Dmitry Kovtun was one of two people who, according to an investigation in the UK, poisoned Litvinenko’s tea with a rare radioactive substance back in 2006.
According to the state Russian news agency TASS, Kovtun has a contract coronavirus before his death in a Moscow hospital.
Kovtun and Andrei Luhau were accused of being behind Litvinenko’s murder 16 years ago at the Millennium Hotel in Mayfair.
As reported by TASS with reference to Lugovoi, who is now a member of the UN Russian parliament, saying it mourns the death of a “close and loyal friend”.
A British public inquiry in 2016 concluded that the murder of an outspoken critic Vladimir Putinwho died after drinking tea with radioactive polonium-210, “probably” was carried out with the permission of the President of Russia.
The investigation revealed that two Russians deliberately poisoned Litvinenko by giving a radioactive substance to his drink at a hotel in central London, which led to a painful death.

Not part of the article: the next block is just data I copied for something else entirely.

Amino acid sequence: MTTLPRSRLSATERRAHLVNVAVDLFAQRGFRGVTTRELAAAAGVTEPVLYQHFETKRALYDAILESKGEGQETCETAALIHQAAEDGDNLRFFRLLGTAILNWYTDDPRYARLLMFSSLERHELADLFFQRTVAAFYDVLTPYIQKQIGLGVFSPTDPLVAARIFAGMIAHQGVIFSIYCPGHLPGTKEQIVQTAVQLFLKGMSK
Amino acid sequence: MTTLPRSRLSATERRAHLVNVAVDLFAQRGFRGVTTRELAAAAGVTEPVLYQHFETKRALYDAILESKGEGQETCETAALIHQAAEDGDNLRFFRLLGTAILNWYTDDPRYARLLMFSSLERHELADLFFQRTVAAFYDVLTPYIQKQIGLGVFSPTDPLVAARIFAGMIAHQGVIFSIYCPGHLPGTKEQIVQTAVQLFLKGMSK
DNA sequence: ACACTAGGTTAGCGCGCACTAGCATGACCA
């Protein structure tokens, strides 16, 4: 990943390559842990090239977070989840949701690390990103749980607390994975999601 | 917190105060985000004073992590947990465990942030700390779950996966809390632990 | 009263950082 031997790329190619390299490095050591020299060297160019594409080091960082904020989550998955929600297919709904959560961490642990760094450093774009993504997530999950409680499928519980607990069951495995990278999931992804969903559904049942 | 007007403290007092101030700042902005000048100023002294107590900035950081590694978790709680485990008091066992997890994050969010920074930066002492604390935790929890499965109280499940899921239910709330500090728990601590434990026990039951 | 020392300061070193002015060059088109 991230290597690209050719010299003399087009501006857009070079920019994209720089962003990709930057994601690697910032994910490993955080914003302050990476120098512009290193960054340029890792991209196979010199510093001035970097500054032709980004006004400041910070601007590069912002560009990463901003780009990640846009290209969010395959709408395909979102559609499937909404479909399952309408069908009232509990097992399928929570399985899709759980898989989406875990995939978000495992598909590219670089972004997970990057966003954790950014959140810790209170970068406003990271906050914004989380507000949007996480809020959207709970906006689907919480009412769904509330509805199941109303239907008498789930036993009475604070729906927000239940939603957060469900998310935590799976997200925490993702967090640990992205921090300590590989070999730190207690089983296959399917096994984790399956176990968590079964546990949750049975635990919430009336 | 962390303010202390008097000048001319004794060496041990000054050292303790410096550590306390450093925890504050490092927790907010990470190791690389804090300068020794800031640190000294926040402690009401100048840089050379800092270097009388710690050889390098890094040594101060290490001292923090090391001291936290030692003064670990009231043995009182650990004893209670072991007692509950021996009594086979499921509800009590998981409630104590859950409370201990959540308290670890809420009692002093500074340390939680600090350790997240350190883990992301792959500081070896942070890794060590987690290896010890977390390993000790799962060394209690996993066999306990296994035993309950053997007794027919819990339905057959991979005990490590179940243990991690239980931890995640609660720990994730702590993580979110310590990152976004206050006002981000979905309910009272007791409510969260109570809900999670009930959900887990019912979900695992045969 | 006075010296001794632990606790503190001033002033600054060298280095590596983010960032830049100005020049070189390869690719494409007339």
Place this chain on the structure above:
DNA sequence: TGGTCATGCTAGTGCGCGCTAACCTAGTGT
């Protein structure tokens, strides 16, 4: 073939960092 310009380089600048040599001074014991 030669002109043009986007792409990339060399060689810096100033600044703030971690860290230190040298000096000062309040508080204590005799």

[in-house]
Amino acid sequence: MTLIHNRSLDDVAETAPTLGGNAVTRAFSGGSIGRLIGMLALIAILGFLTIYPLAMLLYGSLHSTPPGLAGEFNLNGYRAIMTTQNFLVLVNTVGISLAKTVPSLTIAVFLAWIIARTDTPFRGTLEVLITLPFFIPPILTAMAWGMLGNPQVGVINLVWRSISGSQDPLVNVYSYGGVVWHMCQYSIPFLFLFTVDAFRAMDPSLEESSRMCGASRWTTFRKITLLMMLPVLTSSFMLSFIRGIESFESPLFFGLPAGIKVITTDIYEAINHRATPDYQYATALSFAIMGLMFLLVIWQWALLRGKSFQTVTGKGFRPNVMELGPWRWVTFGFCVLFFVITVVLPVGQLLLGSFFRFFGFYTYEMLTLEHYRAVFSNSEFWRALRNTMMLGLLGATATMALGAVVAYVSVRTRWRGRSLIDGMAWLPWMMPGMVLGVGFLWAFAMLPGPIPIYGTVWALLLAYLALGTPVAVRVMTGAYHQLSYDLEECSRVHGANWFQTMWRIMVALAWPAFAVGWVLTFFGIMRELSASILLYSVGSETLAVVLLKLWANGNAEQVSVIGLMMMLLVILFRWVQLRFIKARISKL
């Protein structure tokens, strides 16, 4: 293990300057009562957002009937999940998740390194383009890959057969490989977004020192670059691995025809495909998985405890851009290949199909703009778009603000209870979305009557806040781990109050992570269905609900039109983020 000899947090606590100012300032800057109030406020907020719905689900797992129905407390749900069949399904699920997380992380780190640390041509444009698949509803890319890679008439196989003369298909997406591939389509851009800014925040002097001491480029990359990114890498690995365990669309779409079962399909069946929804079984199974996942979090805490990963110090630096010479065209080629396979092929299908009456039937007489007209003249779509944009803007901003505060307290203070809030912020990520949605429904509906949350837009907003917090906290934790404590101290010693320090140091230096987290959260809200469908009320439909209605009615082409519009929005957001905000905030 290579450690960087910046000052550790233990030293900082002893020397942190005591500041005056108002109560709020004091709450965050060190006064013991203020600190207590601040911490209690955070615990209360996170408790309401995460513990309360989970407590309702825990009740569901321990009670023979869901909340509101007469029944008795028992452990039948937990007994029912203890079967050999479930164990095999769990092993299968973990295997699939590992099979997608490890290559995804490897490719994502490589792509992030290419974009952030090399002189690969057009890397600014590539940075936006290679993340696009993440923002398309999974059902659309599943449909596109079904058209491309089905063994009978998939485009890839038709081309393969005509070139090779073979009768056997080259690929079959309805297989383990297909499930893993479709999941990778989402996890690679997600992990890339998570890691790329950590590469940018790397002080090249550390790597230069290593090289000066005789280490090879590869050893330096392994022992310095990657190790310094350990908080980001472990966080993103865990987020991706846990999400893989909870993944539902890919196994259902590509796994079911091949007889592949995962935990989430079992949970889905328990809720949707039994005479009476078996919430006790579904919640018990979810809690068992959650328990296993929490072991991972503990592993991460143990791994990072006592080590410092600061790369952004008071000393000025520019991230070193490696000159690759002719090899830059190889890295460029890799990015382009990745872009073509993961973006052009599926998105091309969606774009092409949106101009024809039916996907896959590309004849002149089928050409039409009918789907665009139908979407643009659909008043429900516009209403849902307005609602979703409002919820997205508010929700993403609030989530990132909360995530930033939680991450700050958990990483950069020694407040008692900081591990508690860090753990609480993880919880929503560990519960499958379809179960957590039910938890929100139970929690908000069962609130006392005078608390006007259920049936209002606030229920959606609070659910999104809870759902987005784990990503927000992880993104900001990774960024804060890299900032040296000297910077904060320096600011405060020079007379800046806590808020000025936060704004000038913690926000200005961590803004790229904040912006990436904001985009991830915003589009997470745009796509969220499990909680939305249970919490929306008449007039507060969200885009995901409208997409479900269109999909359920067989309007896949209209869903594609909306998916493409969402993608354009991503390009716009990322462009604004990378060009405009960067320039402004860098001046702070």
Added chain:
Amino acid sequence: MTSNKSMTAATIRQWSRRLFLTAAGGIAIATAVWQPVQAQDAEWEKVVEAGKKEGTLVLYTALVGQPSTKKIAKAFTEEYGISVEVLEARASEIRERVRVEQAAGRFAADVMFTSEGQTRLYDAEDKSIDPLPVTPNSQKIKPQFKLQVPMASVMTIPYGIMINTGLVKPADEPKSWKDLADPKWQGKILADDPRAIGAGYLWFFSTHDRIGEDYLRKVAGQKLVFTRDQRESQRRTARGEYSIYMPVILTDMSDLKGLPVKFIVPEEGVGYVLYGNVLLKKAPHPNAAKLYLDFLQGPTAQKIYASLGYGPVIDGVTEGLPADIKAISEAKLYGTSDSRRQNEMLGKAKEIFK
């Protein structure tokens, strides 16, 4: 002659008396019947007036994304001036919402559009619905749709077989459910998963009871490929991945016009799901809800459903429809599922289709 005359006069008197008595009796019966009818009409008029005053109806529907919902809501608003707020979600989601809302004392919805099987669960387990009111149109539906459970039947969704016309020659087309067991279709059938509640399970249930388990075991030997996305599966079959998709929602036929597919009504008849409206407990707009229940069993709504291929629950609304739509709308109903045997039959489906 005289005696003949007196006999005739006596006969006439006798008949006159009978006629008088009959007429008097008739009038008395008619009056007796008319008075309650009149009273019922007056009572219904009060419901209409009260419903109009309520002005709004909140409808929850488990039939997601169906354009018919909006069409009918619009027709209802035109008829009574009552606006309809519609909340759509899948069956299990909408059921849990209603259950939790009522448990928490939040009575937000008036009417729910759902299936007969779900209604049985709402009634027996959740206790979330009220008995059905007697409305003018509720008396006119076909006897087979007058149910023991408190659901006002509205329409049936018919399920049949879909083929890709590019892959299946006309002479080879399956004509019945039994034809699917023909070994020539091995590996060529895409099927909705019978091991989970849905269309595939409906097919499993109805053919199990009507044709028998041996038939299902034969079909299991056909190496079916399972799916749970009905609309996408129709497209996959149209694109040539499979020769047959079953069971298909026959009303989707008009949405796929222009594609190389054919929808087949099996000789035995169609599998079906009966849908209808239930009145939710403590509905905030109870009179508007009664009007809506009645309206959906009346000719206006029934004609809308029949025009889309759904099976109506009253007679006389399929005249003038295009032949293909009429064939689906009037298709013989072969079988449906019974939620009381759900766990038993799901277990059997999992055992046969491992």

The European Court of Human Rights also ruled last year in a case filed by the deceased’s widow Marina Litvinenko that Russia was responsible for his murder.
Russia has always denied involvement in the deaths and refused to carry out international arrest warrants for Kovtun and Lugovoi.
Sir Robert Litvinenko’s investigation says the use of the radioactive substance is a “strong indicator” of the state’s involvement and that the two probably operated under the Russian FSB security service, where Litvinenko previously worked.
Among the possible motives are Litvinenko’s work in the British secret services after fleeing Russia, his criticism of the FSB and his connection with other Russian dissidents.
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